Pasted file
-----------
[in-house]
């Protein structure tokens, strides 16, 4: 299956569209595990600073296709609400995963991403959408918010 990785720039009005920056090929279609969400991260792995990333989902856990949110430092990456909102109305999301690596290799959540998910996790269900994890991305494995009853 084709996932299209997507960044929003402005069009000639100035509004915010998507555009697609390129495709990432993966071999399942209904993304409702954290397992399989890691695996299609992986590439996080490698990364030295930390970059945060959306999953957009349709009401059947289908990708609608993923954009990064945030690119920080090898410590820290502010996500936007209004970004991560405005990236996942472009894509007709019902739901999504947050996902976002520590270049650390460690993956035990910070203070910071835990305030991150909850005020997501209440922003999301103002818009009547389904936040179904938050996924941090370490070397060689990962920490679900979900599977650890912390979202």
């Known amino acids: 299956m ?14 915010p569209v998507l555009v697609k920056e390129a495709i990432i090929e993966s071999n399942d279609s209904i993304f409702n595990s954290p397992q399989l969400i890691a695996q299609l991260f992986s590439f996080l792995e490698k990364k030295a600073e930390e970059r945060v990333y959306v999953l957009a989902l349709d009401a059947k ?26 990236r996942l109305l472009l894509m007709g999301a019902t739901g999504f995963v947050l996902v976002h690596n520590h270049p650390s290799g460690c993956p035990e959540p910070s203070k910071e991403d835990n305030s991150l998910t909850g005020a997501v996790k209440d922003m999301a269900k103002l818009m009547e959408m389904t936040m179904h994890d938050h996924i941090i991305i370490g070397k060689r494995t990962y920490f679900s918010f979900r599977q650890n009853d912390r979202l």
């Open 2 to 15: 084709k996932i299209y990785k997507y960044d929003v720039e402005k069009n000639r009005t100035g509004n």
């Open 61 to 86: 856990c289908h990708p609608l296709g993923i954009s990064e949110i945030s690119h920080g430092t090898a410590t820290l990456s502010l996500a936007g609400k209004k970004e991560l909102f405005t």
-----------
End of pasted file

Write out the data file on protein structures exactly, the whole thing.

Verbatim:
[in-house]
């Protein structure tokens, strides 16, 4: 299956569209595990600073296709609400995963991403959408918010 990785720039009005920056090929279609969400991260792995990333989902856990949110430092990456909102109305999301690596290799959540998910996790269900994890991305494995009853 084709996932299209997507960044929003402005069009000639100035509004915010998507555009697609390129495709990432993966071999399942209904993304409702954290397992399989890691695996299609992986590439996080490698990364030295930390970059945060959306999953957009349709009401059947289908990708609608993923954009990064945030690119920080090898410590820290502010996500936007209004970004991560405005990236996942472009894509007709019902739901999504947050996902976002520590270049650390460690993956035990910070203070910071835990305030991150909850005020997501209440922003999301103002818009009547389904936040179904938050996924941090370490070397060689990962920490679900979900599977650890912390979202």
């Known amino acids: 299956m ?14 915010p569209v998507l555009v697609k920056e390129a495709i990432i090929e993966s071999n399942d279609s209904i993304f409702n595990s954290p397992q399989l969400i890691a695996q299609l991260f992986s590439f996080l792995e490698k990364k030295a600073e930390e970059r945060v990333y959306v999953l957009a989902l349709d009401a059947k ?26 990236r996942l109305l472009l894509m007709g999301a019902t739901g999504f995963v947050l996902v976002h690596n520590h270049p650390s290799g460690c993956p035990e959540p910070s203070k910071e991403d835990n305030s991150l998910t909850g005020a997501v996790k209440d922003m999301a269900k103002l818009m009547e959408m389904t936040m179904h994890d938050h996924i941090i991305i370490g070397k060689r494995t990962y920490f679900s918010f979900r599977q650890n009853d912390r979202l």
């Open 2 to 15: 084709k996932i299209y990785k997507y960044d929003v720039e402005k069009n000639r009005t100035g509004n």
């Open 61 to 86: 856990c289908h990708p609608l296709g993923i954009s990064e949110i945030s690119h920080g430092t090898a410590t820290l990456s502010l996500a936007g609400k209004k970004e991560l909102f405005t």